, owner of Belvedere
Shop, recently wrote a letter to The Daily Camera expressing his views on the new parking kiosks which will soon be installed in Downtown Boulder. Mr. Toomey
sees the importance of this technology and how it will help the vitality of Downtown Boulder. Mr. Toomey
also serves on the board of Downtown Boulder, Inc.
Toomey: Making parking more convenient
No one likes searching for enough quarters to feed the meters in downtown Boulder. Moreover, everyone loathes seeing a parking ticket on their window. Just think about the last time you received a parking ticket after being only a couple of minutes late. To alleviate some of these parking issues, the City Council recently unanimously approved a proposal for new parking kiosks to replace and update its aging meters.
Three downtown governing boards brought the proposal to City Council after two years of discussions, planning, analysis and community input. Volunteers compose these boards: the Downtown Boulder Business Improvement District, Downtown Boulder Incorporated and the Downtown Management Commission. They give numerous hours of their time to continually improve the downtown experience for everyone. That said, the boards realize that it is necessary to charge for parking. Charging for parking promotes alternative modes of transportation, funds a multitude of downtown activities and turns spaces over for multiple users.
Specifically, the boards proposed to City Council the following improvements to downtown parking and transportation management: upgrade meters with customer-friendly on-street parking kiosks that take credit cards, expand the downtown Eco Pass program to include an additional 750 full-time employees, commission studies for expanding the Neighborhood Parking Permit program (like Whittier neighborhood), and enhance parking-validation and parking-promotions programs.
The council unanimously approved this proposal. The proposal authorizes the purchase of new parking kiosk technology for downtown. The solar-powered kiosks (already widely adopted in the United States and Europe) replace 1930s technology and will allow visitors to use coins, tokens or credit/debit cards for parking. Repeated independent research of downtown Boulder customers shows that they think finding enough change to pay for parking is a great nuisance. However, they also think that paying another quarter for improved convenience is reasonable. In addition, cash continues to become a less common means of payment, as credit/debit card usage rises year after year.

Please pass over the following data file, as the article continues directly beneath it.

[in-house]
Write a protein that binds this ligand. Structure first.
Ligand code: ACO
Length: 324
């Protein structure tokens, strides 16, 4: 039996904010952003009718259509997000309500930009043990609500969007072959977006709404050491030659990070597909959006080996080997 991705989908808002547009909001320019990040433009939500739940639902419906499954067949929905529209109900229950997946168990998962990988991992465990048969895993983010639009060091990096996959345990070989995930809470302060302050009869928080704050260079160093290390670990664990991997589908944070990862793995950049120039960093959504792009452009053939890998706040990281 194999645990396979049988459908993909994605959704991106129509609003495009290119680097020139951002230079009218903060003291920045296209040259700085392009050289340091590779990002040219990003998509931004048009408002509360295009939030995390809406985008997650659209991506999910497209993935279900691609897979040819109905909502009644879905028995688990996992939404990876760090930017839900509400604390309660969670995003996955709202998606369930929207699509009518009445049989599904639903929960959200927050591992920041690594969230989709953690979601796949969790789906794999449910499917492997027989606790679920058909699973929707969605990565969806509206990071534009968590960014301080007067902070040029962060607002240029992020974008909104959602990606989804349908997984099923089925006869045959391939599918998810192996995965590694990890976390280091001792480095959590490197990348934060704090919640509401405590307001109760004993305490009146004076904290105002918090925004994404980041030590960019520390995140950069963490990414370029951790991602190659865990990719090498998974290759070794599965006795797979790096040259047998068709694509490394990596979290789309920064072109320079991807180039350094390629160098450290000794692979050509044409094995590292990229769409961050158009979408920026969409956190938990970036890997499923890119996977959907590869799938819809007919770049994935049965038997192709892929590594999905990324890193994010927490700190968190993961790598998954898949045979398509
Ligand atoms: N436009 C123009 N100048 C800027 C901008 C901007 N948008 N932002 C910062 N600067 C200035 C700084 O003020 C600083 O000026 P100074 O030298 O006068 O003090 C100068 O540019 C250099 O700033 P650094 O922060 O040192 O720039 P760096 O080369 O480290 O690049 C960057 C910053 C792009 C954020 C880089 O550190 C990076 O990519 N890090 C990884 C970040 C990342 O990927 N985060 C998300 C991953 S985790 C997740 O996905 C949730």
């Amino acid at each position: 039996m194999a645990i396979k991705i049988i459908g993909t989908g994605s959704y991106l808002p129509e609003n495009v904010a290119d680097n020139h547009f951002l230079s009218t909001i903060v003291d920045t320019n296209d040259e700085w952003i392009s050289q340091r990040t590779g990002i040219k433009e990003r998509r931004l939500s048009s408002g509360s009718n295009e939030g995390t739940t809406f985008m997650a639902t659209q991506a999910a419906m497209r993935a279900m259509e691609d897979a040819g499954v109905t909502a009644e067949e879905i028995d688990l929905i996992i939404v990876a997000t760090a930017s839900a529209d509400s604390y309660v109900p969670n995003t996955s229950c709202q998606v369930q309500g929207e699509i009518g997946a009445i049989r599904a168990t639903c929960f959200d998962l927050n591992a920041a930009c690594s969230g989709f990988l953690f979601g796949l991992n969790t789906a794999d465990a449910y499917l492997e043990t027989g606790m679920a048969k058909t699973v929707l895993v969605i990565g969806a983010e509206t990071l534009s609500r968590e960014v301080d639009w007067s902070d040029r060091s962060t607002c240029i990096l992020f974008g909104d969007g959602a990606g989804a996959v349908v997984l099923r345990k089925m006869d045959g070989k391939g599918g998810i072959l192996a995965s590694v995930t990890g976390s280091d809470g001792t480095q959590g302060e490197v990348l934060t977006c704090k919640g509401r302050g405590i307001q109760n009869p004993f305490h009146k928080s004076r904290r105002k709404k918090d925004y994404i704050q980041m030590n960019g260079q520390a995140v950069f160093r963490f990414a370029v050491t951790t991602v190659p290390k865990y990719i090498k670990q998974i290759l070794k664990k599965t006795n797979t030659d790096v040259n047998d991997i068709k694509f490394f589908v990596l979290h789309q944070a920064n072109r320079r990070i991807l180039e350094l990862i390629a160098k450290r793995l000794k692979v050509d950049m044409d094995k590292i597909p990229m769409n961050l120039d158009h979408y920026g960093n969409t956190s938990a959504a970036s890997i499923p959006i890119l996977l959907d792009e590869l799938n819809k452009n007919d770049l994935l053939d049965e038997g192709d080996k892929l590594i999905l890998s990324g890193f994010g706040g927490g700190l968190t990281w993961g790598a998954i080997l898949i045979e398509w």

Coupled with the convenience factor of kiosks, reduction in the likelihood of receiving a ticket promises to be very positive. When only coins can be used at meters, visitors will put in as much money as they have in their pockets — which is usually not enough. Having the option of using a credit card enables parkers to much more easily buy as much time as they need. After installing parking kiosks, the city of Seattle reported a reduction in overtime-at-meter tickets. The new kiosks present an excellent opportunity to effectively address the negativity surrounding parking tickets.
To realize these numerous and exciting benefits, there are associated costs. These include an hourly rate increase of $1 to $1.25 an hour. Parkers will also have to pay on-street until 7 p.m. Monday through Saturday. It is very important to note that the downtown boards should be commended for the fact that they both requested these changes and were willing to pay for them. City Council's forward-thinking leadership should also be recognized. They approved this measure despite the fact that the city's general fund will be hurt because of reduced parking-ticket revenues.
Paying for parking doesn't only give us brand-new kiosks. Downtown Boulder is truly progressive in that it reinvests its parking revenues into things that make the district such a special place. Your parking quarters fund Eco Passes for thousands of employees (turning countless drivers into bus riders), construction of parking garages (more than 1,300 spaces added in the last eight years), downtown capital improvements (such as the pop jet fountain and weeping rock), support of downtown programs (fairs, ambassadors, banners) and research to help maintain the vitality of the district — all great things that would not be funded without paid parking.
Downtown Boulder does not have a parking problem. On the contrary, it has an internationally recognized parking-management system. Updating our Depression-era technology to the 21st century parallels the progressive and vibrant character of downtown. Boulder residents, visitors, businesses, employees and downtown neighbors will all benefit and thrive from these exciting changes.